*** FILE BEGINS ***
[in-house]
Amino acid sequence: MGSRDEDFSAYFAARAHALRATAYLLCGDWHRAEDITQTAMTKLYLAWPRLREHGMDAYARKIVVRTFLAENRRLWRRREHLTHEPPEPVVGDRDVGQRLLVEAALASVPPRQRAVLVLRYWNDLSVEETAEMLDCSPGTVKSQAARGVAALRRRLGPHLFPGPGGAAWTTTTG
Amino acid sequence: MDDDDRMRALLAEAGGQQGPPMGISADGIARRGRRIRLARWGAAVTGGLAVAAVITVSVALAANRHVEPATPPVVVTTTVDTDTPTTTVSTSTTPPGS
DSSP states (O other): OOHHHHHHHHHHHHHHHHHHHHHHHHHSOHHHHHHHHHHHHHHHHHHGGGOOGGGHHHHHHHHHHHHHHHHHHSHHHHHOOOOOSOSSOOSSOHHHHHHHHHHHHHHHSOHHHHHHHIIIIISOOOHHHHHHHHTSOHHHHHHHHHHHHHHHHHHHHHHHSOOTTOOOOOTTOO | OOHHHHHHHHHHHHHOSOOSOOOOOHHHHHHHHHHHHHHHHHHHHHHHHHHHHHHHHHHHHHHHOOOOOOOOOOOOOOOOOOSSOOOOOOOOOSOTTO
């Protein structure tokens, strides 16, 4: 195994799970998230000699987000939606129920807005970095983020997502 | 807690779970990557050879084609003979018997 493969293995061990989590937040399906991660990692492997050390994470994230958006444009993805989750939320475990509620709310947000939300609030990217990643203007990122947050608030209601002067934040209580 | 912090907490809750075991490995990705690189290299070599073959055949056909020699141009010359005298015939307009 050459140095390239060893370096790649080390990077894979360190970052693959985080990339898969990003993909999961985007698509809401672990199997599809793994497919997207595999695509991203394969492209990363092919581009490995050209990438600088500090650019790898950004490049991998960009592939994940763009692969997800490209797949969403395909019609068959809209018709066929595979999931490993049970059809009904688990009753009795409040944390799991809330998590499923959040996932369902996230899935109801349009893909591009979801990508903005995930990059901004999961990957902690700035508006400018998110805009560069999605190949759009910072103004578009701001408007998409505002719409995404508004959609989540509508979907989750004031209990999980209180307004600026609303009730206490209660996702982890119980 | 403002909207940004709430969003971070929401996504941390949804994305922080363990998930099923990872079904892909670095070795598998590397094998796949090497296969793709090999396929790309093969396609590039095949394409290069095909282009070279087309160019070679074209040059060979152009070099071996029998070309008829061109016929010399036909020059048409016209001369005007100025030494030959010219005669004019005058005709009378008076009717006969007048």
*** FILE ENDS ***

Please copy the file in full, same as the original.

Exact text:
[in-house]
Amino acid sequence: MGSRDEDFSAYFAARAHALRATAYLLCGDWHRAEDITQTAMTKLYLAWPRLREHGMDAYARKIVVRTFLAENRRLWRRREHLTHEPPEPVVGDRDVGQRLLVEAALASVPPRQRAVLVLRYWNDLSVEETAEMLDCSPGTVKSQAARGVAALRRRLGPHLFPGPGGAAWTTTTG
Amino acid sequence: MDDDDRMRALLAEAGGQQGPPMGISADGIARRGRRIRLARWGAAVTGGLAVAAVITVSVALAANRHVEPATPPVVVTTTVDTDTPTTTVSTSTTPPGS
DSSP states (O other): OOHHHHHHHHHHHHHHHHHHHHHHHHHSOHHHHHHHHHHHHHHHHHHGGGOOGGGHHHHHHHHHHHHHHHHHHSHHHHHOOOOOSOSSOOSSOHHHHHHHHHHHHHHHSOHHHHHHHIIIIISOOOHHHHHHHHTSOHHHHHHHHHHHHHHHHHHHHHHHSOOTTOOOOOTTOO | OOHHHHHHHHHHHHHOSOOSOOOOOHHHHHHHHHHHHHHHHHHHHHHHHHHHHHHHHHHHHHHHOOOOOOOOOOOOOOOOOOSSOOOOOOOOOSOTTO
């Protein structure tokens, strides 16, 4: 195994799970998230000699987000939606129920807005970095983020997502 | 807690779970990557050879084609003979018997 493969293995061990989590937040399906991660990692492997050390994470994230958006444009993805989750939320475990509620709310947000939300609030990217990643203007990122947050608030209601002067934040209580 | 912090907490809750075991490995990705690189290299070599073959055949056909020699141009010359005298015939307009 050459140095390239060893370096790649080390990077894979360190970052693959985080990339898969990003993909999961985007698509809401672990199997599809793994497919997207595999695509991203394969492209990363092919581009490995050209990438600088500090650019790898950004490049991998960009592939994940763009692969997800490209797949969403395909019609068959809209018709066929595979999931490993049970059809009904688990009753009795409040944390799991809330998590499923959040996932369902996230899935109801349009893909591009979801990508903005995930990059901004999961990957902690700035508006400018998110805009560069999605190949759009910072103004578009701001408007998409505002719409995404508004959609989540509508979907989750004031209990999980209180307004600026609303009730206490209660996702982890119980 | 403002909207940004709430969003971070929401996504941390949804994305922080363990998930099923990872079904892909670095070795598998590397094998796949090497296969793709090999396929790309093969396609590039095949394409290069095909282009070279087309160019070679074209040059060979152009070099071996029998070309008829061109016929010399036909020059048409016209001369005007100025030494030959010219005669004019005058005709009378008076009717006969007048």